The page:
This courses teaches how to apply the tools of economic reasoning to a variety of topics in which businesses create or react or public policies. The central ideas are surplus, rent-seeking, and incentives. Changes in economic surplus--- consumer and producer surplus at its simplest--- show who gains and loses from policies, and hence predicts how a business is most likely will react in the public arena. A policy is "efficient" if it maximizes the sum of everyone's surplus, and this is the benchmark for creating policy that maximizes social wealth. Rent-seeking is the attempt by different interest groups to use the political process to transfer surplus from other groups to themselves. Rent-seeking is one source of inefficiency. Any policy provides incentives as a result of its effect on surplus, and care must be taken that these incentives lead to the desired outcome. Understanding how to apply these three ideas is a major objective for an economics education. The hardest part is learning how to apply them in different contexts, which is the aim of this course. In the course of so doing, students will also learn the facts involved in a wide variety of public policy problems in government regulation, ranging from antitrust laws to pollution regulation, public-utility pricing, labor policy, and the safety of consumer products.
The on-line discussions will use "Discussions" in Canvas. I will post articles and kickoff questions, and you will suggest answers, ask new questions, and comment on other aspects of the article.
I am happy to talk about the answers to any test questions if regrading is not the subject, but if you think that something was graded wrongly, even something as trivial as that points were added wrong, write me a memo rather than speaking to me about it.
Lecture slides are in the directory http://rasmusen.org/g406/slides/.
INTEGRITY AND HONESTY
The Kelley School's Honor Code is something you have all read. It is online at http://www.kelley.iu.edu/ugrad/honorcode.cfm. Living up to the Honor Code's integrity is not hard. Don't cheat, and tell me if you see somebody else cheating. I will take appropriate disciplinary actions against any offenders. Again: Do not cheat! I am strict about that, and have used the official procedures of the Dean of Students before. Cheating is immoral, whether or not you get caught, and despite the careless attitude of some departments at IU. Leave this course with your honor intact.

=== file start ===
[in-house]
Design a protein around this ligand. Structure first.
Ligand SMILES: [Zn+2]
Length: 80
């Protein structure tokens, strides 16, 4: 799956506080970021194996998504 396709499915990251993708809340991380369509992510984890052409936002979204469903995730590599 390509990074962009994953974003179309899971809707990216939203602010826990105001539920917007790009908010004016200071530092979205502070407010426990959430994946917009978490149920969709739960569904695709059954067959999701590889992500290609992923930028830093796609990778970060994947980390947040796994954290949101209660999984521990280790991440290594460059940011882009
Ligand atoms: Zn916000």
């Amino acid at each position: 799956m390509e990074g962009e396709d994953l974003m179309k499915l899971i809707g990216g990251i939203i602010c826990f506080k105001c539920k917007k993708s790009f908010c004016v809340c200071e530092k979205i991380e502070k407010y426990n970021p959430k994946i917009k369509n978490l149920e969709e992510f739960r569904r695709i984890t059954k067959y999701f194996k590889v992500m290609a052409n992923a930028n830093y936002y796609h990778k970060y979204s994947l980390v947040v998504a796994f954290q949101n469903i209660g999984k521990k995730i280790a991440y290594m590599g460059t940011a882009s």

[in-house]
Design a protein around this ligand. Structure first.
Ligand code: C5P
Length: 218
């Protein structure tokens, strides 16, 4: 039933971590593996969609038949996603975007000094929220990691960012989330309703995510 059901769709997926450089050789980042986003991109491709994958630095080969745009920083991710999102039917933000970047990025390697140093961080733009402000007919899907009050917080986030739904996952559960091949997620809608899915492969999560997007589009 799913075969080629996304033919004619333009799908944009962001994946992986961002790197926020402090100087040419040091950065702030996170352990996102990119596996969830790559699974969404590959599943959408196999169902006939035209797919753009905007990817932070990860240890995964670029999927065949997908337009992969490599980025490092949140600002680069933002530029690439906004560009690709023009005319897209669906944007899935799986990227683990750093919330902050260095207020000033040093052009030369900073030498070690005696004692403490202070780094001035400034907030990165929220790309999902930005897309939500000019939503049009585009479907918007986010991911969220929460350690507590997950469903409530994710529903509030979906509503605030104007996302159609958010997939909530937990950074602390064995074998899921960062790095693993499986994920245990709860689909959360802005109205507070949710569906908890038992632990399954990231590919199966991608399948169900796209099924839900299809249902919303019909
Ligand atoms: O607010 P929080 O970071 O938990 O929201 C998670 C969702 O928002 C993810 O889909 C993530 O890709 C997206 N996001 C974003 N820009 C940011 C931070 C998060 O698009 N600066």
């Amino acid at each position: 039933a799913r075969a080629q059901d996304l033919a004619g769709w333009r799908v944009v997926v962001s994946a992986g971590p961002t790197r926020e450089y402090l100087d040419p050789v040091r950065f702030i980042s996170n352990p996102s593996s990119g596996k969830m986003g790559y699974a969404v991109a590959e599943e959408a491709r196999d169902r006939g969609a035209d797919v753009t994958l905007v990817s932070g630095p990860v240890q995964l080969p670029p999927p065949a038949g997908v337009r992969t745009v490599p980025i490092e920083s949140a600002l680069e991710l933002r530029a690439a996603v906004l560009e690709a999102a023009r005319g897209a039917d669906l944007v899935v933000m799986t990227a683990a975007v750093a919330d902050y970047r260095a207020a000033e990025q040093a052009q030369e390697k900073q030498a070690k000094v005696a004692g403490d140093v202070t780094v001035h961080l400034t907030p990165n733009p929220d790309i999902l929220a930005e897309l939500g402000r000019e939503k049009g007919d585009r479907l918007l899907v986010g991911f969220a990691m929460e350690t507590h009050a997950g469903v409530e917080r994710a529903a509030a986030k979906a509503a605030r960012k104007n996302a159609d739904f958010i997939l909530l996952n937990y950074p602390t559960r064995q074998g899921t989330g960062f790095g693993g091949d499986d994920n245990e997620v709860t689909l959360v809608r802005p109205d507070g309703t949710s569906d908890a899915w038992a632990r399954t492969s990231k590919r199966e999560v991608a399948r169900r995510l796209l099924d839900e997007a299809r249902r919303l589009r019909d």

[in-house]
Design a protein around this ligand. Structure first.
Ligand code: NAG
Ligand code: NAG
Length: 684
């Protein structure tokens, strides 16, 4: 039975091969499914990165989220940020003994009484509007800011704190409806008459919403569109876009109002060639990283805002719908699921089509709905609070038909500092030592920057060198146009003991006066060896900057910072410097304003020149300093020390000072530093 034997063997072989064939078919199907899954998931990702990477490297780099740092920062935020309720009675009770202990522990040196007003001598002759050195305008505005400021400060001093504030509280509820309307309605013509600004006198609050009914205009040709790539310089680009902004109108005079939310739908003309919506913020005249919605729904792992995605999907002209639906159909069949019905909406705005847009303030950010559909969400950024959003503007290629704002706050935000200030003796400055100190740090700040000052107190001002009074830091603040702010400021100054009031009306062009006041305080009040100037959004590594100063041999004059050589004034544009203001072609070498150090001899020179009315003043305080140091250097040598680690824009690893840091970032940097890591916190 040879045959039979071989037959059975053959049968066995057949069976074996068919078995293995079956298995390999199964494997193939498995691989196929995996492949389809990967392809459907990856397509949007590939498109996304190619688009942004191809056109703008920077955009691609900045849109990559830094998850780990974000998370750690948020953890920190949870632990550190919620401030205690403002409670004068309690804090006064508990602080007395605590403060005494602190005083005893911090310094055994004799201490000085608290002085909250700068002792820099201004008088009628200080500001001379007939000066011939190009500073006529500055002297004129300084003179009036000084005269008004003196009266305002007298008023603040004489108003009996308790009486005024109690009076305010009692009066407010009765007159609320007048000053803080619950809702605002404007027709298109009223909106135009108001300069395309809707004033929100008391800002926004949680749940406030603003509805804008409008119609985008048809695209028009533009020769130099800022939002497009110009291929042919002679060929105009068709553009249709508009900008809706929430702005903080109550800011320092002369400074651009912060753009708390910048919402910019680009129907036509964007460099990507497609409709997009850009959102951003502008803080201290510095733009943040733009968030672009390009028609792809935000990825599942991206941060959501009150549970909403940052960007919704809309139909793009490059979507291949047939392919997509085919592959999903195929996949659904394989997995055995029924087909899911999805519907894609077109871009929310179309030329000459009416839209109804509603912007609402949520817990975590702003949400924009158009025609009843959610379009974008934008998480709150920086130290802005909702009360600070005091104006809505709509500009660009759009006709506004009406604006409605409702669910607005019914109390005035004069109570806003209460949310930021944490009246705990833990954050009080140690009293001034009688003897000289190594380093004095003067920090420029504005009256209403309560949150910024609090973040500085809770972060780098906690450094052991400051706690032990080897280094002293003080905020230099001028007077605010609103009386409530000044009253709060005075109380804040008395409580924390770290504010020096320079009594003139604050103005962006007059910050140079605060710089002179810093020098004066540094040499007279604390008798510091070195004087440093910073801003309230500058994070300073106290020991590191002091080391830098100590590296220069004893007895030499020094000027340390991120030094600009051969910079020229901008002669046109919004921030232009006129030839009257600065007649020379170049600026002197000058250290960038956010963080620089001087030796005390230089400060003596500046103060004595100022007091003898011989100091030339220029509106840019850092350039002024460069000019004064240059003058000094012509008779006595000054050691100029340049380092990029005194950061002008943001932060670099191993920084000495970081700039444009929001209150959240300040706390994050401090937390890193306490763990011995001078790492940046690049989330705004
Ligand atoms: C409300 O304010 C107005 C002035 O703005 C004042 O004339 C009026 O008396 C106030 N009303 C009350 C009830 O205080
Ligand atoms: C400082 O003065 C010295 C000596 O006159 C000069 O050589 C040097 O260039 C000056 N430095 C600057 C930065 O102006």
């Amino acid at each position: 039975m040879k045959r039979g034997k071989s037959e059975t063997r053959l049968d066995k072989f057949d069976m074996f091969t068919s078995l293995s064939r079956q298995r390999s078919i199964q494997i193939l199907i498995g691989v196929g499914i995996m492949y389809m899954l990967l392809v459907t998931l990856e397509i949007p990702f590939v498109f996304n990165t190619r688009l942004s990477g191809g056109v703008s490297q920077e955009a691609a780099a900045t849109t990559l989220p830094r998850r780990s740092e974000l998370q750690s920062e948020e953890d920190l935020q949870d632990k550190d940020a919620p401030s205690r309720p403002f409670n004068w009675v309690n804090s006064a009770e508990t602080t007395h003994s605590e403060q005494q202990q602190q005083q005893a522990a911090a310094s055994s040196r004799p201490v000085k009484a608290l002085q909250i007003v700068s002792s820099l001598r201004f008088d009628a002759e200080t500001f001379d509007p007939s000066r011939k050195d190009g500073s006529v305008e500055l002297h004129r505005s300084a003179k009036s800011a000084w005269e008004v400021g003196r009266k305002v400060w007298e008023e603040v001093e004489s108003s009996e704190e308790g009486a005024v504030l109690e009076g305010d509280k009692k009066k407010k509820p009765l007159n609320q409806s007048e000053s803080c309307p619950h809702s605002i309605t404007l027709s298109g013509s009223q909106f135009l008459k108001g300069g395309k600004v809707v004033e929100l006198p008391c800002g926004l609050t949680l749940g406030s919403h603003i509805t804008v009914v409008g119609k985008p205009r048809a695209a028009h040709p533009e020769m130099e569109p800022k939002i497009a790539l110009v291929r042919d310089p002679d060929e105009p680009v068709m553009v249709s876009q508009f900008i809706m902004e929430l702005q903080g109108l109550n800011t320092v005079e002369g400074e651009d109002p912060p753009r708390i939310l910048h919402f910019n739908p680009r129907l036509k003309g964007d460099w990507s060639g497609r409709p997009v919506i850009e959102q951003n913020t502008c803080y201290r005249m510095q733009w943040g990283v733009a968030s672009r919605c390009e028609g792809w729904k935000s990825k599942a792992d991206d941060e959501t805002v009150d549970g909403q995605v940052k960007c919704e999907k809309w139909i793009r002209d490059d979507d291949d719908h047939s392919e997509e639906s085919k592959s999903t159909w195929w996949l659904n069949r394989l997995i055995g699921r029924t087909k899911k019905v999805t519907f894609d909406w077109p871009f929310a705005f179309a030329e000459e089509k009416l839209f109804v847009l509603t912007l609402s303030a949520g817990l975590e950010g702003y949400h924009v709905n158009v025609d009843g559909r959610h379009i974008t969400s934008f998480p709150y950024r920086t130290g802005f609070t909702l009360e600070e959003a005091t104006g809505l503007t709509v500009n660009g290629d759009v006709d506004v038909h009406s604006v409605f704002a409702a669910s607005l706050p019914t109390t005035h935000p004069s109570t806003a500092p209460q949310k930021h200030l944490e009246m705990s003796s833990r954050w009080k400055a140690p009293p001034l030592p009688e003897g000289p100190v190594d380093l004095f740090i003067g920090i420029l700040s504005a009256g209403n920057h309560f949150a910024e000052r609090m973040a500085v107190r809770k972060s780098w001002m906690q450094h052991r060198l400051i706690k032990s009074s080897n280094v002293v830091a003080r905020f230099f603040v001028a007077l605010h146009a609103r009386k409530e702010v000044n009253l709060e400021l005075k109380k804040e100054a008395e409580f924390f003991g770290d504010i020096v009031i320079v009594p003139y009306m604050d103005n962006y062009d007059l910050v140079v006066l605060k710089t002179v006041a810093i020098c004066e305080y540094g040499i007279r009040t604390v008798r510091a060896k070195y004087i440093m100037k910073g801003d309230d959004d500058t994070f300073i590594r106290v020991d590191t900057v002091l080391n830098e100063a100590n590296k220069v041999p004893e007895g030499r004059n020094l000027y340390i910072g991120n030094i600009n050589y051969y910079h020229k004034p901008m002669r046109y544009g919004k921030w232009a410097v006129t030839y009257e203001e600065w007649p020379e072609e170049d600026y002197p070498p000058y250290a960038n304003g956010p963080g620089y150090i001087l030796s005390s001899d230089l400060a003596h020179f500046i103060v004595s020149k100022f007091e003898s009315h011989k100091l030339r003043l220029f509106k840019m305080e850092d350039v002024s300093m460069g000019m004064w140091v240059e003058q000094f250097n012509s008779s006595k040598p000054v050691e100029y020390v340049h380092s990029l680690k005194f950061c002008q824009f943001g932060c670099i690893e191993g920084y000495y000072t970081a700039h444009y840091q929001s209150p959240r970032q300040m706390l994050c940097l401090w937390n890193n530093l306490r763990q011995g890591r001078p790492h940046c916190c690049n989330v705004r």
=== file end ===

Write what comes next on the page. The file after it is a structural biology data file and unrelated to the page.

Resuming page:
January 19, 21. Market failure. Chapter 2 .
January 26, 28. Government failure.
February 2,4, 9. Government design. Chapter 4.
February 11, 16. Time and life. Chapter 5 .
February 18, 23,25. Externalities. Chapter 6 .
March 1. Midterm.
March 3, 15. Conservation. Chapter 7.
March 17,22,24. Monopolizing. Chapter 8.
March 29, 31. Natural Monopoly. Chapter 9.
April 5, 7, 12. Information. Chapter 10.
April 14,19,21. Regulating labor. Chapter 11 .
April 26, 28. Regulating capital. Chapter 12.
Learning Outcomes. What students will learn in this course is how to think logically and follow a sequence of reasoning, how regulations are made and carried out, how they should be made and carried out, and their effects on people and businesses.
Standard Kelley Notice: Portions of this course may be subject to electronic proctoring. Video cameras may be used to monitor the room during student assessment activities, including but not limited to, exams, tests, and quizzes. Video recordings may be used to investigate or support disciplinary action. All access to and use of video equipment and recordings will follow applicable IU policies.